In the upcoming two weeks, Iconic Photos would cover the NASA missions to the other space and the Moon as they appeared in leading picture magazines of the time: Life, Epoca, Paris-Match, Look, Sunday Times, etc.
These documents are not just historical records: they are tributes to the bravery and ingenuity of the astronauts and engineers who took humanity’s first steps into the vastness of space. They celebrate a time when space was a new and dangerous frontier, and each mission captured the world’s imagination.
In July 18, 1966, Gemini X went up. Its purpose was to test out a few things for the future Lunar exploration: Extra-Vehicular Activities, Spacecraft Maneuvering and Docking with another spacecraft (Agena Target Vehicle, ATV), and using ATV’s engine to achieve a boost into a higher orbit, something NASA was testing for a potential Apollo mission use.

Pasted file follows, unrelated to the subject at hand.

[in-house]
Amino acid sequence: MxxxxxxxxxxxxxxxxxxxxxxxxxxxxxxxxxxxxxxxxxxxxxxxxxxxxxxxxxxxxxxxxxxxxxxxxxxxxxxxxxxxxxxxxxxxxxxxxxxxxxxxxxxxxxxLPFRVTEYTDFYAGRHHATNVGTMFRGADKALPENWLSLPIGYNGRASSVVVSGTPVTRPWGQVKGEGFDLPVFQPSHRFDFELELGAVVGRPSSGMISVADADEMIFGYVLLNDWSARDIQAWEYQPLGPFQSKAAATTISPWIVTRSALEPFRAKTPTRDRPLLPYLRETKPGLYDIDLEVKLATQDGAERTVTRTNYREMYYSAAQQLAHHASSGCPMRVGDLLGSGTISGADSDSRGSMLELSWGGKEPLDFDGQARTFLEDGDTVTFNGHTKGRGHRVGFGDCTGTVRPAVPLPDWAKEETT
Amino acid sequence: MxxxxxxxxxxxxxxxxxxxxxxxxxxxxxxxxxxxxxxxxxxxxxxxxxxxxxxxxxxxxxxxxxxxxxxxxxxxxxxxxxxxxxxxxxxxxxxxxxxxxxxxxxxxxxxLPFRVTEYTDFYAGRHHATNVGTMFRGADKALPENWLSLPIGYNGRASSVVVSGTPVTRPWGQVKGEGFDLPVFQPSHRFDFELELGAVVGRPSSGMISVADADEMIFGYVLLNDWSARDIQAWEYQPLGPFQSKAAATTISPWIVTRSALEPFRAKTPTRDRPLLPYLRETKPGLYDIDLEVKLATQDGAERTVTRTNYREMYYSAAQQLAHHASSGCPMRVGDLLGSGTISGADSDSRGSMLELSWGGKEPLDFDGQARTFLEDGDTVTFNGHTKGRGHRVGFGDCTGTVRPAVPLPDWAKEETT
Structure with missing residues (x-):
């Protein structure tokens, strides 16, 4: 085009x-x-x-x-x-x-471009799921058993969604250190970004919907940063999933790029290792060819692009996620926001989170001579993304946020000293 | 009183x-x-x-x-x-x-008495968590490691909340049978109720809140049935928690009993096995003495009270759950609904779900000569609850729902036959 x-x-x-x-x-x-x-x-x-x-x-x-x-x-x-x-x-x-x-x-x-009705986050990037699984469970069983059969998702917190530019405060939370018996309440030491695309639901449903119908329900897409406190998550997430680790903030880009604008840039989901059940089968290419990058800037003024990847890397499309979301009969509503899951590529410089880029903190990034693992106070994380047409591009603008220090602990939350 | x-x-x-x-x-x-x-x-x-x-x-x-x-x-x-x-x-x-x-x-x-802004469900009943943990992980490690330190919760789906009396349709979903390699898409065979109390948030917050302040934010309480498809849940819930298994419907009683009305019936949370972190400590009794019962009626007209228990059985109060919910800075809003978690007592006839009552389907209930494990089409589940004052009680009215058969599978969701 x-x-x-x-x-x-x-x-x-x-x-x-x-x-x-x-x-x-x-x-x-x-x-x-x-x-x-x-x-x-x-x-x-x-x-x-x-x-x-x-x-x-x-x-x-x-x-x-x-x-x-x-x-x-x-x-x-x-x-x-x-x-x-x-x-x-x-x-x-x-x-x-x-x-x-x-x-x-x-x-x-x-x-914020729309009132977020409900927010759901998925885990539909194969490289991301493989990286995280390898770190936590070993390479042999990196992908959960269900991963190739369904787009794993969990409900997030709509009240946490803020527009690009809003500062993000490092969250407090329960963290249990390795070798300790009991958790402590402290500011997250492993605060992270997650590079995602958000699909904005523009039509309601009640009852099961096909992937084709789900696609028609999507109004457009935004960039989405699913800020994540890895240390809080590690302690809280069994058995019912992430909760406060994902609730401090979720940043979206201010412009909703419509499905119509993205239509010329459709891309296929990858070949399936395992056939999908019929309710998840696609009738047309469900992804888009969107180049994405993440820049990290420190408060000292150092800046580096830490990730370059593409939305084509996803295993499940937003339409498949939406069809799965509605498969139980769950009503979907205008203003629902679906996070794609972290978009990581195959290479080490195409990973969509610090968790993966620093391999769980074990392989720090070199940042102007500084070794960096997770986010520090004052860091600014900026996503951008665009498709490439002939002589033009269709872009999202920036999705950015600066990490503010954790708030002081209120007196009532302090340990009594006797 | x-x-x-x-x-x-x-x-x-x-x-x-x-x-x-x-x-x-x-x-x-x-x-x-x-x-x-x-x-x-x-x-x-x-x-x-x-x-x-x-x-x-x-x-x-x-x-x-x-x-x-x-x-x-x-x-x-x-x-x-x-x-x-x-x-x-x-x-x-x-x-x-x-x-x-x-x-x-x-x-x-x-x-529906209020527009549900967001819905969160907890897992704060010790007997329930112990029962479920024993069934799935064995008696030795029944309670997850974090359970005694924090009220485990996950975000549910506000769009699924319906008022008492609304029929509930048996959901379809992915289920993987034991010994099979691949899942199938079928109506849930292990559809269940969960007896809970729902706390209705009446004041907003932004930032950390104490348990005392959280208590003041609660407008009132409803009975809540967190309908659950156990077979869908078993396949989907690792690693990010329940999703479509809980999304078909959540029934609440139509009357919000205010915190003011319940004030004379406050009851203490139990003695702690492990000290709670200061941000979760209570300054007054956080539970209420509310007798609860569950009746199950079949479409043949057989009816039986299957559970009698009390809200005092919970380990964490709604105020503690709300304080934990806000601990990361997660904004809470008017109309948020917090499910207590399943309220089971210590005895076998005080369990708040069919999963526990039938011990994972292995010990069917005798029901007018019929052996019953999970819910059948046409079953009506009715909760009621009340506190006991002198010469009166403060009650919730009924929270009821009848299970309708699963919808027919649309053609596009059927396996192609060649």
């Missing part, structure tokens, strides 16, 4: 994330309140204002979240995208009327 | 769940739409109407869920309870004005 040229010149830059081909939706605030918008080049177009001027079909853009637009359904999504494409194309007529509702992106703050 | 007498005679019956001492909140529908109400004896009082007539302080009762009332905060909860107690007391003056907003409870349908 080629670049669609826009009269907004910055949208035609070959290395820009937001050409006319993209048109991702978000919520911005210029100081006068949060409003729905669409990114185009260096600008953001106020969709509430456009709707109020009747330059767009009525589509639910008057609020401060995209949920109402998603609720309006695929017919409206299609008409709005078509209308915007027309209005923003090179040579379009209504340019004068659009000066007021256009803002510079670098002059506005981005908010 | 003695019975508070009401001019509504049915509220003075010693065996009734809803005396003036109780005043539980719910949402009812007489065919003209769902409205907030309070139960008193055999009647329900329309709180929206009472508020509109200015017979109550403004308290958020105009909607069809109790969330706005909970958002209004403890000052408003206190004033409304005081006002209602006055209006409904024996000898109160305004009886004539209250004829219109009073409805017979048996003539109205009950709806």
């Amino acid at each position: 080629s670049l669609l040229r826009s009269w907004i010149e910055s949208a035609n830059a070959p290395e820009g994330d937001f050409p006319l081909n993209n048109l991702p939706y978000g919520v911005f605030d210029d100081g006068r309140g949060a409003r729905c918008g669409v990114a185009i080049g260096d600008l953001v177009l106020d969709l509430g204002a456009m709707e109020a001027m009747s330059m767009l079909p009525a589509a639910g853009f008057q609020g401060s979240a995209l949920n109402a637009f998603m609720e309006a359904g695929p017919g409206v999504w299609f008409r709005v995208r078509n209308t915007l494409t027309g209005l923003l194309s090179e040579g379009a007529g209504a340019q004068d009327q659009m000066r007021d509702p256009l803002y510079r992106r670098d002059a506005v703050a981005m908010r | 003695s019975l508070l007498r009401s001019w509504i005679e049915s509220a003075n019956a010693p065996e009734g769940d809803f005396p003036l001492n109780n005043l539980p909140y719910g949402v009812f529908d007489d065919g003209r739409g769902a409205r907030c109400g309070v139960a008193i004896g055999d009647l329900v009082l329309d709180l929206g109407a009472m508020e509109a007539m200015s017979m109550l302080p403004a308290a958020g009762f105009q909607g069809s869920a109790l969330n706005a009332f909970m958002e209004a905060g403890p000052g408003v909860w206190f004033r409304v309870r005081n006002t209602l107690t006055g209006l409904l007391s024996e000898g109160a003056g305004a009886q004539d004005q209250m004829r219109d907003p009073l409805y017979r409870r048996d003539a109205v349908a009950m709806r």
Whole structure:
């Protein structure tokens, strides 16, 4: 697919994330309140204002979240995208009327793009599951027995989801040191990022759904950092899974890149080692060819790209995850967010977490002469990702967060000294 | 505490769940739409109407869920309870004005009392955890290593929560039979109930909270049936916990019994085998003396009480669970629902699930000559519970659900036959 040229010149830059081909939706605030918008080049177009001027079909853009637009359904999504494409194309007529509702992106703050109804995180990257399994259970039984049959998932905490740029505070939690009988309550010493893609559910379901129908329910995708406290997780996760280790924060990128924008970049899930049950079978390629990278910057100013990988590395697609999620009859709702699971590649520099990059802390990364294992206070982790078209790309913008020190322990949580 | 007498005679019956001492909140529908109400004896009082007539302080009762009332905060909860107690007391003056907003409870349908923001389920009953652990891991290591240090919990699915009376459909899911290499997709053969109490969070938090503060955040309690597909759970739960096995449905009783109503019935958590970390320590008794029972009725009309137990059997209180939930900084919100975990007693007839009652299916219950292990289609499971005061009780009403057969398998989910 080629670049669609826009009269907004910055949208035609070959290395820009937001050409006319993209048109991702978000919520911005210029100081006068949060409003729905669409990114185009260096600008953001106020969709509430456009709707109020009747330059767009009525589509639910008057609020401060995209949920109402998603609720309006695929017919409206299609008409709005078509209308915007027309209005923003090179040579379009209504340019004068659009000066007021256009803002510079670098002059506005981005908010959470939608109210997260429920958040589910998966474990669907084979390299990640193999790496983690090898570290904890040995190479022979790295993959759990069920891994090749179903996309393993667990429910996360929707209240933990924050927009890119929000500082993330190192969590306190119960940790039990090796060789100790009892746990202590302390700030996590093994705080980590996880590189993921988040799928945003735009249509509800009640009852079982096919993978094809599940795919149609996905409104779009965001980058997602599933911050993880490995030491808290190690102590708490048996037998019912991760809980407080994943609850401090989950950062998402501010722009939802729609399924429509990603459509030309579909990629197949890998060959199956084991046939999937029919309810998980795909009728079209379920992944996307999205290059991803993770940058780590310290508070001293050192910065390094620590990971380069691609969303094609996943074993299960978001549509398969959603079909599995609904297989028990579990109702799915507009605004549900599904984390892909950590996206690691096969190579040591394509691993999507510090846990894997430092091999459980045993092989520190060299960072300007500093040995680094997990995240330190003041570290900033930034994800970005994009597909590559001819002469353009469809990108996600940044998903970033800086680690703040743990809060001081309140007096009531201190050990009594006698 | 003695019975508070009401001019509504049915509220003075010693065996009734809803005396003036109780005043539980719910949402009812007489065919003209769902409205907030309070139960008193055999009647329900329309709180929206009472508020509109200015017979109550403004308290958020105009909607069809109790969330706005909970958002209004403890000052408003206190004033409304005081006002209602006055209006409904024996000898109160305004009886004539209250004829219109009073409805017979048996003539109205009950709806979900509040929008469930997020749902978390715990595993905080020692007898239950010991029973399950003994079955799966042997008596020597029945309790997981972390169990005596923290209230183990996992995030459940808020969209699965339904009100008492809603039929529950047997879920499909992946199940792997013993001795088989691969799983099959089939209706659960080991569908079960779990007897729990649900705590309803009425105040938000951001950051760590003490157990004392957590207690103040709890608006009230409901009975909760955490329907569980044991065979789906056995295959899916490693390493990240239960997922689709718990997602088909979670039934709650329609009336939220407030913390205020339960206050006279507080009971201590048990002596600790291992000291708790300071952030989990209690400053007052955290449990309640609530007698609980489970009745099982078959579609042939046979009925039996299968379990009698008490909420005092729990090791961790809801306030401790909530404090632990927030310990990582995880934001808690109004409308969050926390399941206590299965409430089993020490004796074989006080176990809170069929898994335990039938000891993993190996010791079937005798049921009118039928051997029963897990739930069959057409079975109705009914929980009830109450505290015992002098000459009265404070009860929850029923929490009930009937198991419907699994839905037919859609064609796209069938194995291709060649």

Eventually, Apollo mission took a different route, not using ATV for propulsion boost or changing orbits as in Gemini missions, but using three module approach with Command Module (CM), the Service Module (SM), and the Lunar Module (LM).
The future Apollo 11 Command Module Pilot Michael Collins became the first person to perform two extravehicular activities during Gemini X. There were a few memorable photos of the mission — especially the hookup image between Gemini X and Agena — but Collins was unable to take photographs during the spacewalk because his Hasselblad camera worked itself free and drifted away.